Journalistic ethics are often frustrating. Particularly in this case: During the last election campaign, a very senior member of Kadima was asked whether Ehud Olmert was a worthy candidate for prime minister. Ehud? said the man, making a face, Ehud is a speculator. A profiteer. A real estate profiteer.
Were it not for the restrictions of journalistic ethics, the news about this senior official's opinion of Kadima's candidate for prime minister would have made waves. However, Israel is Israel. The journalist was unable to publish, whereas the official did not blink: He positioned himself alongside the real estate speculator and did everything in his power to ensure that the speculator would become the prime minister. Friendship conquers all. A special interest is a special interest is a special interest.
Olmert himself is no longer important; he is drowning, and he knows it. In spite of all the efforts to hide the truth about the war, it will not be possible to sweep it under the rug. It will not be possible to whitewash the recurrent pattern of fiasco after fiasco. And meanwhile, one scandal follows another, one house follows another; quite a few skeletons that were crowded into quite a few closets over the course of a long career of hedonism are suddenly knocking on the door. Like American president Richard Nixon in the spring of 1974, Olmert is still juggling, still twitching, but the net that he himself wove on his way to the top is gradually closing in on him. His time is limited. The game will end soon.
In the history of Israel, there has never been a worse prime minister. Hollow, hasty, irresponsible. Within a very short time, a record time, he established a party of spineless people and formed a government of the untalented. He pulled out the convergence plan, and then changed his mind. He pulled out a war, and failed to win it. But what has been particularly grievous about Olmert's time-limited, profiteering government is his willingness to run a country with negligent recklessness. His willingness to use the fate of a nation with cynical arrogance and conduct a shameless regime of "you scratch my back, I'll scratch yours."
Journalists Bob Woodward and Carl Bernstein cleansed America of Richard Nixon's deceit. In this sense, Olmert is lucky: He is continuing, without interference, to do what he does so well - capital gains deals and shady business deals, deals with donors and deals with interested parties. The deals of a public figure whose most prominent achievements during his public life are registered in the Tabu (the Israeli land registry) and the real estate agencies.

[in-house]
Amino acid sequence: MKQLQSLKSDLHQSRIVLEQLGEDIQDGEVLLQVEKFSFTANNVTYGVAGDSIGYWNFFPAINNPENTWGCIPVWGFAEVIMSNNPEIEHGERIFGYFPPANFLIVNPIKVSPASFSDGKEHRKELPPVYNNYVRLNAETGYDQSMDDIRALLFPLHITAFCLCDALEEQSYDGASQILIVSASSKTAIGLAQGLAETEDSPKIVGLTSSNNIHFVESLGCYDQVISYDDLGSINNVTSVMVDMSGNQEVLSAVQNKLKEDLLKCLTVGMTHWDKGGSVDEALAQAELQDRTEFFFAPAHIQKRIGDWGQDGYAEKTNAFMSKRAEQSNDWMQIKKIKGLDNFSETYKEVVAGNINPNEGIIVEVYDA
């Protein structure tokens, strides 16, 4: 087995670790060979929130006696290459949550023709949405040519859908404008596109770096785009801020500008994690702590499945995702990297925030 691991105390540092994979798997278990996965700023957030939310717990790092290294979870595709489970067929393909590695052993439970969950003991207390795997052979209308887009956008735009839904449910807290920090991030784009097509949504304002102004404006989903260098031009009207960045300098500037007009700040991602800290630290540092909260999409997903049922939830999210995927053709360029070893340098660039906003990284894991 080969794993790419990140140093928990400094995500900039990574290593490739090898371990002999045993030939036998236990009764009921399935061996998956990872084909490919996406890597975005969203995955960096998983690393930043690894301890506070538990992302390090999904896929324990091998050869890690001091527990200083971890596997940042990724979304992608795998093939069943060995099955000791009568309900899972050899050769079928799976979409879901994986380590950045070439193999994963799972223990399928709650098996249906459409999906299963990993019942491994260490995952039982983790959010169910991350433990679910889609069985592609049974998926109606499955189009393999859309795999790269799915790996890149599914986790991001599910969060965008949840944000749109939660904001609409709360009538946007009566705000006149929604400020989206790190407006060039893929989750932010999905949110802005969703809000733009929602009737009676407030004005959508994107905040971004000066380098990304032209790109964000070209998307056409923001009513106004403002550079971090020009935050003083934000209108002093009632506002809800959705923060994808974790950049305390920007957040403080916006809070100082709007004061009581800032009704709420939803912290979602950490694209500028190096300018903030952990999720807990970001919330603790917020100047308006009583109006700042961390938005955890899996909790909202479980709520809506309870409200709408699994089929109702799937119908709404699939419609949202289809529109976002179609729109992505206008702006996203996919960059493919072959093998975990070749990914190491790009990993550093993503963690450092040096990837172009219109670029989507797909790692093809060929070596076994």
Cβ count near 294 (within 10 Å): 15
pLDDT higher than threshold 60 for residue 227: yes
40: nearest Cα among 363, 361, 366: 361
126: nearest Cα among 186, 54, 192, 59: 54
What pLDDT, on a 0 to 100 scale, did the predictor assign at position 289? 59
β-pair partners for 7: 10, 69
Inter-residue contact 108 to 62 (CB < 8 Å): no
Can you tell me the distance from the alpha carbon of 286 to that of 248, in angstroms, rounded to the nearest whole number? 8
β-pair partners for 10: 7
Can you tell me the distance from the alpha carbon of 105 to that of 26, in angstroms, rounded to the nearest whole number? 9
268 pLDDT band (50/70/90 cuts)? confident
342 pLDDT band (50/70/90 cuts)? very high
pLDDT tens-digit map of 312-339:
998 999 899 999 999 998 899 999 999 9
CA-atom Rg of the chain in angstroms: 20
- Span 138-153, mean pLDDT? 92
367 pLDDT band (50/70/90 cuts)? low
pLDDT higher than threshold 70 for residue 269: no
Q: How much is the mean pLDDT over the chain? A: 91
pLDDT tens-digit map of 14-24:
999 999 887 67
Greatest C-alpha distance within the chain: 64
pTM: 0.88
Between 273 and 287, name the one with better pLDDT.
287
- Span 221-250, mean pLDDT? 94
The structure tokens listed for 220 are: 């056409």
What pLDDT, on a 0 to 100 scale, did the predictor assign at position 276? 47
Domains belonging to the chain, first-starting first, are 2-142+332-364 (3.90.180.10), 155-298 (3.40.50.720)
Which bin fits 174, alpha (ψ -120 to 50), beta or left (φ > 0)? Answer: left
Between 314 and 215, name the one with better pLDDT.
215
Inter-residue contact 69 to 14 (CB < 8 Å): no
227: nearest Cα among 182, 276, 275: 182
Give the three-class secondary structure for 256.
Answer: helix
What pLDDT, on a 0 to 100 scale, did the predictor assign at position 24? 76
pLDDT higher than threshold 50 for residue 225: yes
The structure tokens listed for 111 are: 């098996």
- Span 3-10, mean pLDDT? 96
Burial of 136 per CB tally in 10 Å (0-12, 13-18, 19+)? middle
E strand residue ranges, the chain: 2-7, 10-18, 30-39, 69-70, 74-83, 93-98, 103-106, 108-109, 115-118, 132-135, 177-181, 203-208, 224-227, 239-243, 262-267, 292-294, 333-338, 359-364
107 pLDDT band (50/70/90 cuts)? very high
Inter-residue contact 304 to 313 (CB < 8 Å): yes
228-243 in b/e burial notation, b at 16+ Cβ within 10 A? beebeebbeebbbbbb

Olmert's twilight days are being prolonged somewhat by the public's fatigue and the obtuseness of petty politics. But the incumbent prime minister no longer arouses respect in anyone. He has lost the little moral authority that he had upon his election. And without moral authority, he will not be able to prepare Israel for the challenges awaiting it. Without moral authority, he will also not be able to rule. He is destined to fall.
So the problem now is not the man, but the phenomenon. Because this cynical man represents the extreme expression of a profound cultural affliction: the relinquishment of ideas, principles, basic beliefs, worldviews and an overall grasp of reality. It is sophistication without conscience and without a compass, which leads to a predictable failure.
That is why the question of the coming months is not who will replace Olmert, but what will replace him. Benjamin Netanyahu or Ehud Barak, Avi Dichter or Tzipi Livni, Ami Ayalon or Moshe Ya'alon - the question is not one of personalities. The question is what kind of political culture will replace the substandard political culture represented by Olmert. And whether we are still capable of rising up against the politicians who speculate with the public's trust and replacing them with statesmen who serve us. Whether we will find the strength to clean out the filthy stables and to begin Israel anew.
Want to enjoy 'Zen' reading - with no ads and just the article? Subscribe todaySubscribe now